Orlando: The Adventurer, Bath Festival, St Swithin’s Church

ORLANDO is a figure from distant myths and epics, a source of creative inspiration and fascination – never more so than in Virginia Woolf’s extraordinary novel, Orlando: A Biography, which was the key focus for a Bath Festival concert featuring guitarist Sean Shibe and mezzo-soprano Ema Nikolovaska.

One of Virginia Woolf’s most popular novels, Orlando was first published in 1928 and is said to have been inspired by the tumultuous family history of the aristocratic poet and novelist Vita Sackville-West, Woolf’s lover and close friend. It is described as a history of English literature in satiric form, but for most readers the appeal lies in the colourful settings and the character of Orlando, a poet who changes sex from man to woman and lives for centuries, meeting key figures in English literary history.

The 16th century Italian poet Ariosto wrote Orlando Furioso, an epic poem that draws on themes of war and love and the romantic ideal of chivalry. This in turn has been the basis for operas by Vivaldi and Handel.

Going further back, Orlando makes his first significant appearance as the epitome of the immortal chivalric knight in the 11th century French poem La Chanson de Roland.

Shibe, this year’s Bath Festival artist in residence, and Nikolovaska, a remarkable singer with a multi-octave-spanning vocal range, had plenty of historic material to draw on – and five centuries of music from Dowland to Bob Dylan, Laurie Anderson and two newly composed works, Sasha Scott’s 1000 Pieces of You and Dr Cassandra Miller’s It Reminded Me Of The Truth.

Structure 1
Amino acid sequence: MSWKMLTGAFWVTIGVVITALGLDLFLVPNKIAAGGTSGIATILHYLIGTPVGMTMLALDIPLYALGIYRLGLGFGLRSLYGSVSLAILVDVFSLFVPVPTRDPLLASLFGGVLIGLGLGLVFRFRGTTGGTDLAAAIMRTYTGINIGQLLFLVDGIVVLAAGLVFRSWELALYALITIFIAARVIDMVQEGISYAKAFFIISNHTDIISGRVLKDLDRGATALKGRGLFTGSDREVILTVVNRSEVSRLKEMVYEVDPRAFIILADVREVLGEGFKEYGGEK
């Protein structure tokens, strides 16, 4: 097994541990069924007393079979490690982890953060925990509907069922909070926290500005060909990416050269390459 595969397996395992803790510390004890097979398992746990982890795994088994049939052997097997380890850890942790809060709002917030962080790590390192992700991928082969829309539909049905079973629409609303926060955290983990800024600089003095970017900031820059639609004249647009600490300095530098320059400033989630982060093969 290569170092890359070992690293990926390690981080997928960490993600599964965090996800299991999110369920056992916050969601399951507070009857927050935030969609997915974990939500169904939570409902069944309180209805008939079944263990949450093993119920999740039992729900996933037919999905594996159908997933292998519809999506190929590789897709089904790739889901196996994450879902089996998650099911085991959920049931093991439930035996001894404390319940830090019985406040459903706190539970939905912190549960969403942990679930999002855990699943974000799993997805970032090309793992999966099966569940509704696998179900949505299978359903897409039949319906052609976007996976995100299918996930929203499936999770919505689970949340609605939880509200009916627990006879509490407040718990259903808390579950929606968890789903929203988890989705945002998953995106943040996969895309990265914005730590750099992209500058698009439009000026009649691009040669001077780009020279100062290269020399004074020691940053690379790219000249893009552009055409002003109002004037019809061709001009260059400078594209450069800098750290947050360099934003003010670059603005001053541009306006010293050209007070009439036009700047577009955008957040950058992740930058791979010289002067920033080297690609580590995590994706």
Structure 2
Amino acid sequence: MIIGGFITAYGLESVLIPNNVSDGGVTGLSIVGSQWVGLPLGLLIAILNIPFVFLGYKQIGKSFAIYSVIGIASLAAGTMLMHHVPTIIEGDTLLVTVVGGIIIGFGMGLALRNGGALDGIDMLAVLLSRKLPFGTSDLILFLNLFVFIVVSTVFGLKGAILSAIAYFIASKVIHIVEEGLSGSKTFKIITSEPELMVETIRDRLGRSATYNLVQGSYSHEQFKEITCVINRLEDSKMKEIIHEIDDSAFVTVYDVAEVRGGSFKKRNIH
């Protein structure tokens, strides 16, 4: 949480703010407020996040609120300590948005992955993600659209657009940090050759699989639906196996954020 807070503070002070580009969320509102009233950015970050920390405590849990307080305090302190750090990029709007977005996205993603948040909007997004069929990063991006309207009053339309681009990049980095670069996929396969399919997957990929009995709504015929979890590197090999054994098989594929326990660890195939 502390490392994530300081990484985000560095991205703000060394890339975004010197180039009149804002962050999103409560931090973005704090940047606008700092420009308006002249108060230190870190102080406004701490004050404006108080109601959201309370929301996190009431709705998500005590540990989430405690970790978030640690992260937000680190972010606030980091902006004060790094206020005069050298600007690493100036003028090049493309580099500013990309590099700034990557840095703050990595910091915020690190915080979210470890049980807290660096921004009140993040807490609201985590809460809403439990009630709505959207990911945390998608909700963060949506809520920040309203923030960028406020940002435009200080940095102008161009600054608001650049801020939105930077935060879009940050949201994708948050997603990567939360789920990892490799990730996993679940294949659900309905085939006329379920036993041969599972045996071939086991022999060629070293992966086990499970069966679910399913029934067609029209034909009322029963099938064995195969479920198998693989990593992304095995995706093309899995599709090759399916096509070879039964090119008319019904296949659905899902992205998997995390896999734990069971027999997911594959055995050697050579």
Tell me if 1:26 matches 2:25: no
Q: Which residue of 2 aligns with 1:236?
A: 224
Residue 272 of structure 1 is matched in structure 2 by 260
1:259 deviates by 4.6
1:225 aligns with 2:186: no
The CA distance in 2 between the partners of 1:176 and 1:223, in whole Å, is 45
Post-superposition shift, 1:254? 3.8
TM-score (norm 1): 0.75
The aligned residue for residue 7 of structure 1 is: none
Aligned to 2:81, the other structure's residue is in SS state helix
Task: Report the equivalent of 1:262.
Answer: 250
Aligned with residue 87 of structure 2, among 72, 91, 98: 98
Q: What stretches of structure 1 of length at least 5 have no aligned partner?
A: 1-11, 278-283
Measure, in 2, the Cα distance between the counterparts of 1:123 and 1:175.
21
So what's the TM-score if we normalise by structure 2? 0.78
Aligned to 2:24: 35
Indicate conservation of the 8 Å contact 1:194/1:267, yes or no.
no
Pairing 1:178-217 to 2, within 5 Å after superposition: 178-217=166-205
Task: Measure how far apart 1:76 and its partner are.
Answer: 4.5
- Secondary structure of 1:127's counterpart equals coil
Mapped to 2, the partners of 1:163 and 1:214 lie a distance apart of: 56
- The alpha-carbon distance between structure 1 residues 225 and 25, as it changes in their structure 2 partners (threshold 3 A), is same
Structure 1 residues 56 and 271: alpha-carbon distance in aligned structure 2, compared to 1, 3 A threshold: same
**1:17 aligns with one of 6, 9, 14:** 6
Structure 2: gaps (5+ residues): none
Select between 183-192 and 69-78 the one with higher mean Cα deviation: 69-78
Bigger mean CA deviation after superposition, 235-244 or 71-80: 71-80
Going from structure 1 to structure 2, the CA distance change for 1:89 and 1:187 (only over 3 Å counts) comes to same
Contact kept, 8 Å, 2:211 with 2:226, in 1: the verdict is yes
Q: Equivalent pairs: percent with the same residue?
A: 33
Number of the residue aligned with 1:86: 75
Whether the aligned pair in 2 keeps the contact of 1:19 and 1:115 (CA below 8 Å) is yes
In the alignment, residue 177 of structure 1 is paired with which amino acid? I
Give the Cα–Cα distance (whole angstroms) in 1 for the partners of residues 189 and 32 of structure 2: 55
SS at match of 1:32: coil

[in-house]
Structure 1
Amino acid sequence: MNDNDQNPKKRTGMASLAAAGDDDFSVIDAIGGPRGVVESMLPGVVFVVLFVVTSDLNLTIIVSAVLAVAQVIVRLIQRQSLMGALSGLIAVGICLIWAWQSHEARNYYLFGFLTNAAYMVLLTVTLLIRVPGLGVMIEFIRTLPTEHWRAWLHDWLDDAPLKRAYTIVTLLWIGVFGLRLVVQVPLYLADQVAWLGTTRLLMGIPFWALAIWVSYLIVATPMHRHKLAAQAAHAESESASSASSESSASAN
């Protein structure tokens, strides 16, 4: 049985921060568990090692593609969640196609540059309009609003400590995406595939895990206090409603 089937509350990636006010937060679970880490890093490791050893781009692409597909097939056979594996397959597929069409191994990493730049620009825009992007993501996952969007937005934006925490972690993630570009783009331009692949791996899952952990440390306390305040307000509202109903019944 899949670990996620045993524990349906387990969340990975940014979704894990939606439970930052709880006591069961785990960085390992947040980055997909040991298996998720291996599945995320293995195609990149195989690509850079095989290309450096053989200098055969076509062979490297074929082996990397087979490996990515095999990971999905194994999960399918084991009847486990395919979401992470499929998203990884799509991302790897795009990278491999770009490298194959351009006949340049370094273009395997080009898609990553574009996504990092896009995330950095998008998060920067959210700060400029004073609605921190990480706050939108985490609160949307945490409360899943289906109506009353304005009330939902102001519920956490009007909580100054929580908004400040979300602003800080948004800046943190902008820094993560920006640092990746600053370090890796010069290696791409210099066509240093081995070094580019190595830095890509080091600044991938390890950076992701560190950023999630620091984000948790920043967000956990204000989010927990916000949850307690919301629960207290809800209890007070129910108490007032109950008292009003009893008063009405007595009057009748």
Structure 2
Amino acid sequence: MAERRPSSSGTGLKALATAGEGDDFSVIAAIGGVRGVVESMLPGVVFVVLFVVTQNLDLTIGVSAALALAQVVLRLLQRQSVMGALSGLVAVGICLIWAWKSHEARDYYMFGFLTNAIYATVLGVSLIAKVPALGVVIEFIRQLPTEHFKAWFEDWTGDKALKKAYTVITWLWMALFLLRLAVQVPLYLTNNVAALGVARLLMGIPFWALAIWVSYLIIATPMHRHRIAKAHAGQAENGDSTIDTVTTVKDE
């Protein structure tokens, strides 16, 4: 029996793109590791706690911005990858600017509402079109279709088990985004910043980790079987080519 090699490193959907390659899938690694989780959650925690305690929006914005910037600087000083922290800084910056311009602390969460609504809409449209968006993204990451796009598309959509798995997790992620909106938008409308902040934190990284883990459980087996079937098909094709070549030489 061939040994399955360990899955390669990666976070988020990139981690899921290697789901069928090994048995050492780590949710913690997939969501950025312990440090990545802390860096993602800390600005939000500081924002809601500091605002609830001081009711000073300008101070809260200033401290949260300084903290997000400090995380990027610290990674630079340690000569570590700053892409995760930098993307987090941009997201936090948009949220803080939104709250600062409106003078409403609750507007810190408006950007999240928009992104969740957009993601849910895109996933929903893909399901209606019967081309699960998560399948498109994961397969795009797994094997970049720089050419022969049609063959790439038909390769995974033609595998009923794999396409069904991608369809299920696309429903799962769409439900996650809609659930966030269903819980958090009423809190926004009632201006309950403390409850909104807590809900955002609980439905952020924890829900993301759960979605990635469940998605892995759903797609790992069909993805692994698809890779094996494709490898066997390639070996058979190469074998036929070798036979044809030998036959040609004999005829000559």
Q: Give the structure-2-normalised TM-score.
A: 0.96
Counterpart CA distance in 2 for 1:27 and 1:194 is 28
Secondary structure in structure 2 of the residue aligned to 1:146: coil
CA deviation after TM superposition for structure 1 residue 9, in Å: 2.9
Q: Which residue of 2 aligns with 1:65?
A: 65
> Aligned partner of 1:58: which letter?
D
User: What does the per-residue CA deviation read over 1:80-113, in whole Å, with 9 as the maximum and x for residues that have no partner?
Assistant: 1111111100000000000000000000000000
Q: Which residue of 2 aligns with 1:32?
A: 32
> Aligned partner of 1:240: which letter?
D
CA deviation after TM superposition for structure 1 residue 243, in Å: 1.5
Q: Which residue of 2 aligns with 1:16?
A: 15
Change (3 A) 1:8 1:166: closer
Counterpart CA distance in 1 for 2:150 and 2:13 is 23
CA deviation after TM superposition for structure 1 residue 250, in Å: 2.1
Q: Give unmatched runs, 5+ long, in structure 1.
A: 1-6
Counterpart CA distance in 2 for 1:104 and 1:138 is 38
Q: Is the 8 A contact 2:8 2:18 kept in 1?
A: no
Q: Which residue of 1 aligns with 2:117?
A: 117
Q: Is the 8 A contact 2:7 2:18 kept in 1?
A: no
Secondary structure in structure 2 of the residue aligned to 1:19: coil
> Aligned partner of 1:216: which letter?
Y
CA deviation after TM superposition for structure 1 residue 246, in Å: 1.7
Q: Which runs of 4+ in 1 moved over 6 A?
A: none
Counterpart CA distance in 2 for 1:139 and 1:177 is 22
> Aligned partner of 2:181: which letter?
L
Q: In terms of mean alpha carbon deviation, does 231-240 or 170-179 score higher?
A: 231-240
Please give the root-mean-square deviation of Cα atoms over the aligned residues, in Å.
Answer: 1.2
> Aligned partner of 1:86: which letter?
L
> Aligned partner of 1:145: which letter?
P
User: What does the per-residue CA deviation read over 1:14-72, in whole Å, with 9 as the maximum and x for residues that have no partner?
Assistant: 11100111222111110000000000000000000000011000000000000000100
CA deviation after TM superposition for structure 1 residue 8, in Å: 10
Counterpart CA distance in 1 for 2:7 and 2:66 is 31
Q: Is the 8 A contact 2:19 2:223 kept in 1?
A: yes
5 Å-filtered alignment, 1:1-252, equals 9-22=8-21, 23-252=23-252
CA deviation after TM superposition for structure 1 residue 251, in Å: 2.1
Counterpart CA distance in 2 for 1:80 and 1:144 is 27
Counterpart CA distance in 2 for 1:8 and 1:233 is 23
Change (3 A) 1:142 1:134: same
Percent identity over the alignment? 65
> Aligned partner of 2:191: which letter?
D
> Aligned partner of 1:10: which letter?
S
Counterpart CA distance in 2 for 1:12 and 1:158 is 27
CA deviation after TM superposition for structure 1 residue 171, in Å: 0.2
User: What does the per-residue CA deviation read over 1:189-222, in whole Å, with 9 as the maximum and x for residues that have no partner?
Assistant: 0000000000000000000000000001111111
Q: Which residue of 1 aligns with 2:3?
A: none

With its expectation-raising title, the journey for the audience in the beautiful St Swithin’s Church was really an adventure – familiar Tudor works by Dowland, beautiful lieder by Schubert and startling and powerful contemporary works by the German composer Glanert, the Danish composer Hans Abrahamsen and Thomas Ades, whose shocking Habanera closed the first half.

The second half featured more Glanert and Dowland, and culminated in a no-holds barred electric guitar and voice performance of Dylan’s Masters of War and Laurie Anderson’s O Superman – a work that still astonishes, delights and puzzles us, more than 40 years after it was first performed by the New York-based artist.

The versatility of Shibe, moving effortlessly between acoustic and electric guitar, and the vocal acrobatics of Nikolovaska brought this varied and often challenging programme vividly and passionately to life.

It was an enthralling concert which reminded us how important arts festivals are in introducing audiences to new works or contemporary reinterpretations of old familiar pieces. It’s great to see that the Bath Festival can still provoke and delight us with its programming.


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